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Dean of the College Rakesh Khurana said in an interview Tuesday that he supports Harvard undergraduates’ calls for a formalized ethnic studies program.
“I think [ethnicity, migration, and indigeneity] are critical areas of knowledge that we need to, Harvard needs to not only have, but actually have unparalleled strength,” Khurana said.
Khurana’s comments follow a letter sent to students by Dean of the Faculty of Arts and Sciences Claudine Gay on Monday. In the letter, Gay wrote that Harvard has an “institutional commitment” to the discipline and discussed an ongoing search for four faculty who specialize in ethnic studies.
Khurana said in the interview Tuesday that he agrees with Gay’s letter and believes Harvard must enable students to study ethnicity during their time at Harvard.
Gay wrote in her letter to students that she believes Harvard’s faculty, not FAS administrators, should spearhead the push for an undergraduate Ethnic Studies concentration at Harvard. Khurana said he hopes undergraduates will also be directly involved in the process through FAS student-faculty committees.
“One of the things that I hope is that this — from an undergraduate perspective — helps create a strong set of courses and a secondary and concentration. So the evolution toward that I'm very excited about,” he said. “And when we do create new concentrations, one of the areas in which concentrations get developed is a committee called the Education Policy Committee, which has undergraduate representation on it.”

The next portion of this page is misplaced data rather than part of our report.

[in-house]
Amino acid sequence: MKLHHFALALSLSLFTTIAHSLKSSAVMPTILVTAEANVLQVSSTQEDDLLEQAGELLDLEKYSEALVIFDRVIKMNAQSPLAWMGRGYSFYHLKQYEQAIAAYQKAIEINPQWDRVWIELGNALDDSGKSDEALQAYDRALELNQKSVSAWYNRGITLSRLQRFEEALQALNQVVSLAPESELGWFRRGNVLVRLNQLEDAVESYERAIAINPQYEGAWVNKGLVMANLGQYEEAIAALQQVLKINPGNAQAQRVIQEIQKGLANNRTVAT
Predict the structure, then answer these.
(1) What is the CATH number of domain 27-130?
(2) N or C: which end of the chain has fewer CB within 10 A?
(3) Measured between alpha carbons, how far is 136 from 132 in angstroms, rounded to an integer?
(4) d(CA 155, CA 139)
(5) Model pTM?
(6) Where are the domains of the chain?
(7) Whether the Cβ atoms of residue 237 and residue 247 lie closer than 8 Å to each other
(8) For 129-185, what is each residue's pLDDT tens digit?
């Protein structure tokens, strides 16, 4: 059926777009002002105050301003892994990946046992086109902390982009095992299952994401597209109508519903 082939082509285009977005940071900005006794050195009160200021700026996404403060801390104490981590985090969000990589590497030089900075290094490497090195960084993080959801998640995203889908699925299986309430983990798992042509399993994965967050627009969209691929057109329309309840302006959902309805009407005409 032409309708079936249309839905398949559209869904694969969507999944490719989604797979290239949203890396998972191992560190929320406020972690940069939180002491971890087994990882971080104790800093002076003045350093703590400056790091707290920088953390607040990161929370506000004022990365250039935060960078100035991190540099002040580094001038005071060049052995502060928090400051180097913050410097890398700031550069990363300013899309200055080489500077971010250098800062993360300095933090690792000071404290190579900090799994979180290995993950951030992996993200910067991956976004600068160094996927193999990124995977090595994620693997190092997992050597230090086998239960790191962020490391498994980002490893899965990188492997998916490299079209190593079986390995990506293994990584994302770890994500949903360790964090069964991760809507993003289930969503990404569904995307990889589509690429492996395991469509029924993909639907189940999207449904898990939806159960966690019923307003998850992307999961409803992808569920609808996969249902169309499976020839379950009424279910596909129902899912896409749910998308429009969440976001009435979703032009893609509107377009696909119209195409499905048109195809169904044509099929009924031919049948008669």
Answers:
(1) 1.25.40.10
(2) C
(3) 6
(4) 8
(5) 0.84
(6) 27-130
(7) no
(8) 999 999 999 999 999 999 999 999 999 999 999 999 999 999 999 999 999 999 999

Khurana’s comments come amid a spate of undergraduate-led protests calling for immediate action toward an Ethnic Studies program. Protesters have held rallies, staged a sit-in at University Hall, and interrupted a faculty meeting.
Over the past month, Khurana has looked on during several student protests related to ethnic studies and calls for the University to divest its endowment from fossil fuels and Puerto Rican debt. He said he tries to attend student protests with “humility.”
“I think it's really important to recognize that there's something that's motivating these protests and I see my role as to recognize there are people who have experienced some kind of frustration or pain,” he said. “My job is to hear that and listen to it, and recognize that many of these protests are often being led by people who don't feel empowered, or feel marginalized in some way.”
“I feel my role is to understand what part I might be playing in having contributed to that pain or frustration and what I can do about it,” he added.
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